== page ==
The American Conservatory Theatre in San Francisco, or ACT, is featuring a play that is the first of its kind: it is a boy-meets-girl romantic comedy told through the lens of a Vietnamese immigrant. Qui Nguyen, playwright, based the script off his imaginings of his mother’s and father’s love story.
Ken Savage, the associate producer for the ACT, invited a broad audience to the first read-through of the script on January 23, 2018. Among the invited were our founder, Trami Cron, myself, and Dan and Jenny Do, co-creators of the San Jose Ao Dai Festival.
With bagels and refreshments, members of the production introduce themselves. The cast members hadn’t met before this day. The purpose of the meeting was to hear the input of members from the Vietnamese community and take their advice into account. Savage emphasized their goal of addressing the question: How can one sensitively talk about refugee-ism and war?
The play is set in 1975 in a refugee camp in Fort Chaffee in Arkansas. In an interview with the playwright, Nguyen expresses his longtime desire to write about his parents’ love story and what they went through coming to America, especially since they were always so hesitant to reveal it. He blended assumption with bits and pieces of unveiled truth with his immaturity to create this story. It is a memory play, but not his memory. First generation Vietnamese immigrants often don’t want to reveal these stories to their children, and this is his exploration of these buried truths.
Also within this interview, he explains his experience with Vietnamese stories often being told from a soldier’s perspective and felt a lack of comedy within these stories. He also kept his sixteen-year-old self in mind including modern music and dialogue relevant to his time.
Shami Chaikin, the music director, let us listen to a couple of samples. The song, “Home”, emphasized Nguyen’s vision for a modern, urban feel. With the jazz drums and saxophone transition to the piano, the song sounded very much like east coast hip-hop, akin to “A Tribe Called Quest" and "Nas.” There were no shortage of great beats and "flowery language," reflective of the hip-hop culture.
Vietnamese youths today relate to hip-hop. A common component of hip-hop and rap is its casual use of vulgar language. A few elders among the audience were taken aback by the cursing. Dan Do commented that it made him “feel old”, and he asked that it be clearly communicated that this is an imagining and not a recreation of real events. It was also observed the older generation may be turned off from this imagining. It is another question the production cast and crew will have to keep in mind: who is the intended audience, the elders or youth?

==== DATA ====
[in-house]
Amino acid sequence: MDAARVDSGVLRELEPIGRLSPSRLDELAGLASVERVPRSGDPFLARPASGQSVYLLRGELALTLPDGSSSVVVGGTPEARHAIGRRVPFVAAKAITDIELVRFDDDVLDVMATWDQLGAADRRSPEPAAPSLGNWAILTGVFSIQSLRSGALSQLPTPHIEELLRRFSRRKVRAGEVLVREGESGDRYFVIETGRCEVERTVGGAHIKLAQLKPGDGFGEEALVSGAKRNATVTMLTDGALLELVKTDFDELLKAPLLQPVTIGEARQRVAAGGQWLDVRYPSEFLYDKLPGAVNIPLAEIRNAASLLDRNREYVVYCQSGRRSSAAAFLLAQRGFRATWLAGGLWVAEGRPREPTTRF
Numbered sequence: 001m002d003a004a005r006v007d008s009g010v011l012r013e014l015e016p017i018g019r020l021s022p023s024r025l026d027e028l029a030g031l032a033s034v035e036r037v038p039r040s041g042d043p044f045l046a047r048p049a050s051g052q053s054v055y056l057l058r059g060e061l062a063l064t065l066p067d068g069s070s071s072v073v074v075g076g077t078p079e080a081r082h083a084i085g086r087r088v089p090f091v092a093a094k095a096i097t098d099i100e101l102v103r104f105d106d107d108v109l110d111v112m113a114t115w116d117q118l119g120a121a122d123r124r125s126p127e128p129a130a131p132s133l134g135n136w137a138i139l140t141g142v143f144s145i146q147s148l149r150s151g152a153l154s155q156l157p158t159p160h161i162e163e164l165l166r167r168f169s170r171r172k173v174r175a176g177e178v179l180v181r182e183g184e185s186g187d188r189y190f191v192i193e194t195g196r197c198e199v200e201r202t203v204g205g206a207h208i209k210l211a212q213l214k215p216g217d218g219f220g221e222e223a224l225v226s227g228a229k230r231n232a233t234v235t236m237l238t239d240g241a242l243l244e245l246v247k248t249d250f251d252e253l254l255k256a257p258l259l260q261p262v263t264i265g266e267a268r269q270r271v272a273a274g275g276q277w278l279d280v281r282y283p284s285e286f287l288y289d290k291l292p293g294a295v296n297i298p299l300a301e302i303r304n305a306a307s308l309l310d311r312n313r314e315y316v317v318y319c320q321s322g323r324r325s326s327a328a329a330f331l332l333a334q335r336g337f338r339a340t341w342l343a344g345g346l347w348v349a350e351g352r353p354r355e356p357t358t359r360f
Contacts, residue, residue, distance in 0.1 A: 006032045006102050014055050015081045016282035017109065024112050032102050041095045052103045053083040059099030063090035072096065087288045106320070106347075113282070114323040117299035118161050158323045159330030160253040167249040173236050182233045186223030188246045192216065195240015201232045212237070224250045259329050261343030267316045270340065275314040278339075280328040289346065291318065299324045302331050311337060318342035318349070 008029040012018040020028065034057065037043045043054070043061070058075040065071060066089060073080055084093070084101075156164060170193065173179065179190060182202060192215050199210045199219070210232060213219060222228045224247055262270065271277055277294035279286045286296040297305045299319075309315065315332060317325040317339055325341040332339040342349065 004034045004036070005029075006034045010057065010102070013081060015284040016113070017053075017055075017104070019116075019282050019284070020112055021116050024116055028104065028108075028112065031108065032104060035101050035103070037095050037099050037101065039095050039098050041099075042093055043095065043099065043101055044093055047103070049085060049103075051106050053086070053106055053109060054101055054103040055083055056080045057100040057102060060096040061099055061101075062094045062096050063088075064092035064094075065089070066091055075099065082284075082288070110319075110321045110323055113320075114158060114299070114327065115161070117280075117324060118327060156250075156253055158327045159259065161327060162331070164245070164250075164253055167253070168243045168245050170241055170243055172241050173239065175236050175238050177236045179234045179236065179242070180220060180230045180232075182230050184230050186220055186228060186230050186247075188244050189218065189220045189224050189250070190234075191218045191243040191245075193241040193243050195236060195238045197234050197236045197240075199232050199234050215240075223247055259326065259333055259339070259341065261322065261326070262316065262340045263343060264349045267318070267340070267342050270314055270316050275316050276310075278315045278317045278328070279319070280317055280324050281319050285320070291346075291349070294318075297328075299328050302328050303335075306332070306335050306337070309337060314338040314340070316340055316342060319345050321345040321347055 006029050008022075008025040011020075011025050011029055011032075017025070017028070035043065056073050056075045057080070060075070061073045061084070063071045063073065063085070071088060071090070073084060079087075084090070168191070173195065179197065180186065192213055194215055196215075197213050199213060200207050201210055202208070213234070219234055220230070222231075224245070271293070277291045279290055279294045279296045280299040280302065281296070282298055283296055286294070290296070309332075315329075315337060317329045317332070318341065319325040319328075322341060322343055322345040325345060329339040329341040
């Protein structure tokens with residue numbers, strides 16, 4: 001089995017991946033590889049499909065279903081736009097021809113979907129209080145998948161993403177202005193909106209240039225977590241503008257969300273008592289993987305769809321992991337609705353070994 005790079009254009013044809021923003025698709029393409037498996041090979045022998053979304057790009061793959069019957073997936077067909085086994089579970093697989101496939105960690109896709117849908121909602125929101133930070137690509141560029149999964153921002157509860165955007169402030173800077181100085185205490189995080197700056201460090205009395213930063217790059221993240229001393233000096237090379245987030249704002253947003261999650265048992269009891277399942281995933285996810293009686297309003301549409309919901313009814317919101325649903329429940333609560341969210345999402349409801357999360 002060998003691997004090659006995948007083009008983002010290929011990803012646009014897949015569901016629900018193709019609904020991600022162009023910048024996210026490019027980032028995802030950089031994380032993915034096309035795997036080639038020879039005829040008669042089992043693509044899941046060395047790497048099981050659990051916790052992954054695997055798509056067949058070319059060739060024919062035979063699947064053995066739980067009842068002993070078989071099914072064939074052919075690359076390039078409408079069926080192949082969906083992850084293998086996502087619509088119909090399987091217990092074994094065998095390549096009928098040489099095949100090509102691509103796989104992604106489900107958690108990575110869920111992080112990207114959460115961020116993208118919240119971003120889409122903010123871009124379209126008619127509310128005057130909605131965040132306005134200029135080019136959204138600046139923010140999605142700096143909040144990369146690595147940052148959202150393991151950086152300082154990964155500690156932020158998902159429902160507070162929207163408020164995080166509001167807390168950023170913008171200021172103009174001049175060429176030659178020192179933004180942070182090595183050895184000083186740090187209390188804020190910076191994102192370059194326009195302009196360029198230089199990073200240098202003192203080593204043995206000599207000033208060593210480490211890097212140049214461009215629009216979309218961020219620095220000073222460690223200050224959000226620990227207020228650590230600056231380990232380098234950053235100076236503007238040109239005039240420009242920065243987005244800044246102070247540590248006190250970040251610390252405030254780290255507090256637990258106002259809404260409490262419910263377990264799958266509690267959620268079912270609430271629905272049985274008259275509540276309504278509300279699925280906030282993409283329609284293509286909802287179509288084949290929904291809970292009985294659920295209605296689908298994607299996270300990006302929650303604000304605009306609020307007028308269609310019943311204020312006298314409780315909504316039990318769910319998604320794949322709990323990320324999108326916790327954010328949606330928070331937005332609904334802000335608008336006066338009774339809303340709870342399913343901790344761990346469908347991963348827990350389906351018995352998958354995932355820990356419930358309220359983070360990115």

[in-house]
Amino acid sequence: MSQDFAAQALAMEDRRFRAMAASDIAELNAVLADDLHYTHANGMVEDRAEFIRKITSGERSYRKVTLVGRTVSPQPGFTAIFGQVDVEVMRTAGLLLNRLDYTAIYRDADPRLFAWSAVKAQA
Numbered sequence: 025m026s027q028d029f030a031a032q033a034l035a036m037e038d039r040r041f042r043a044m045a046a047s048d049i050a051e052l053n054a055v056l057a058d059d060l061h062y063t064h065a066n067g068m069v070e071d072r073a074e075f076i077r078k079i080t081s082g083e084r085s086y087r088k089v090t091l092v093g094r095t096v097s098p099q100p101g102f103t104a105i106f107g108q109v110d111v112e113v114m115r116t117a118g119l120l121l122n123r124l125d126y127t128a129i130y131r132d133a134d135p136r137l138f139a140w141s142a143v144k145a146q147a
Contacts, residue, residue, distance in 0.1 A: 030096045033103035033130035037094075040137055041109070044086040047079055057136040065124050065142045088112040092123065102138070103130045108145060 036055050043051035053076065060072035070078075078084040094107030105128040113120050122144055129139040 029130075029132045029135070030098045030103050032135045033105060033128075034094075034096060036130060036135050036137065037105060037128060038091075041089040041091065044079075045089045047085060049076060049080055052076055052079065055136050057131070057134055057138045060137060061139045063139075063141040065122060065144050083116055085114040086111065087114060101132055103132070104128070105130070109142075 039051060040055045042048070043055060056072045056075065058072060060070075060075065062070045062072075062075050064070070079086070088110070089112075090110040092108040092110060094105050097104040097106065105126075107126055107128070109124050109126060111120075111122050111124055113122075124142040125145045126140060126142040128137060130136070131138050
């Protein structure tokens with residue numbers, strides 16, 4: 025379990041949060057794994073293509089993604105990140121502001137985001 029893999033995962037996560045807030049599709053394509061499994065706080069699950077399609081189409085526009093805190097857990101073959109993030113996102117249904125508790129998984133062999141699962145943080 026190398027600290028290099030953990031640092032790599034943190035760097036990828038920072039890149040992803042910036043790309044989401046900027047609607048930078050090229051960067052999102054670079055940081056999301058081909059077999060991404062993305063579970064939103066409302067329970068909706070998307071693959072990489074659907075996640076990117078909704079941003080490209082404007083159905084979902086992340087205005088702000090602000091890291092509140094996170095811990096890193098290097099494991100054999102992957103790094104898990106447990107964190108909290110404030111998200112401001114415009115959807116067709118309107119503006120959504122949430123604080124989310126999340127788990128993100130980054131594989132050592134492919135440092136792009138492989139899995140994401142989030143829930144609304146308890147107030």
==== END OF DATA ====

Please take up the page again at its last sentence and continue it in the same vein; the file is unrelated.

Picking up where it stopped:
Per the director, Castaneda, this will be the same production with the same script as the premier show in Oregon in 2015, though some content will be specifically catered to the Bay Area Vietnamese community and culture. Natalia Duong, co-director and advisor, will determine what reads well and what is accurate for the Bay Area.
Castaneda explained the expository nature of the play was to make the story more understandable to the audience. A member of the audience wondered the political shade (tone or direction) of the play, to which he answered, “there is none; it is Qui’s [Nguyen] personal truth.” He described it as a “special place that feels alive...it’s a story in song...Qui envisioned it as a “rap pitter-pat.”
He also described the play as taking race and the representation of other ethnicities and debunking and flipping stereotypes, executed with intelligence, cunning wit, and humor. This wrestles with the collision of race. Chopsticks Alley's founder, Trami Cron, hopes the repetitive narratives of white men saving Asian female prostitutes from a lifetime of desperation will be gone forever and replaced by Vietgone. (In case you forgot, does Miss Saigon and Madama Butterfly jog your memory?).
Though this is an immigrant story set in the 70's, the set was made to reflect modern times. It’s urban, level, and “fun”, Castaneda explains, with the floor able to twist and turn, like a turntable. The set is also flexible with the other moods of the play; there is a balcony for the romantic scenes between Nguyen’s mother and father. There were boards with the set design laid out for the viewers; the use of polaroids evoked a sense of nostalgia. The graphic design of the 70s was also implemented with large, neon yellow letters. The costumes used drew inspiration from actual photographs posted on Pinterest for authenticity. The locations ranged from San Diego, California to Canada.
Though this play was written by a Vietnamese man with Vietnamese characters, only three individuals working on the play are Vietnamese: Natalia Duong (Assistant Director), Janelle Chu (photo on left, playing Tong), and Steven Ho (the understudy). Asian parents often push their children towards STEM, medical, or lawyer professions. With this play comes a new age, an age that accepts stories that deviate from the normal male, white perspective. We are in need of these stories of diversities and actors to fill them. If able, go see VietGone when it opens on February 21, 2018.
Here is a 50% discount code you can use towards a few premiere dates: ROADTRIP
Here is a glimpse from a few trailers from different productions of Vietgone.
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Keana A. Labra - Milpitas, CA
Keana is a student at San Jose State University majoring in English Literature and Animation Illustration. She would like to one day integrate her two loves in the form of visual storytelling. She is an avid reader and enjoys studying poetry, mythologies, and philosophical treatises. In her free time, she can be found reading comics, taking pictures, or watching movies. As an Asian American, she would like to shed light on feminist works in the Asian community.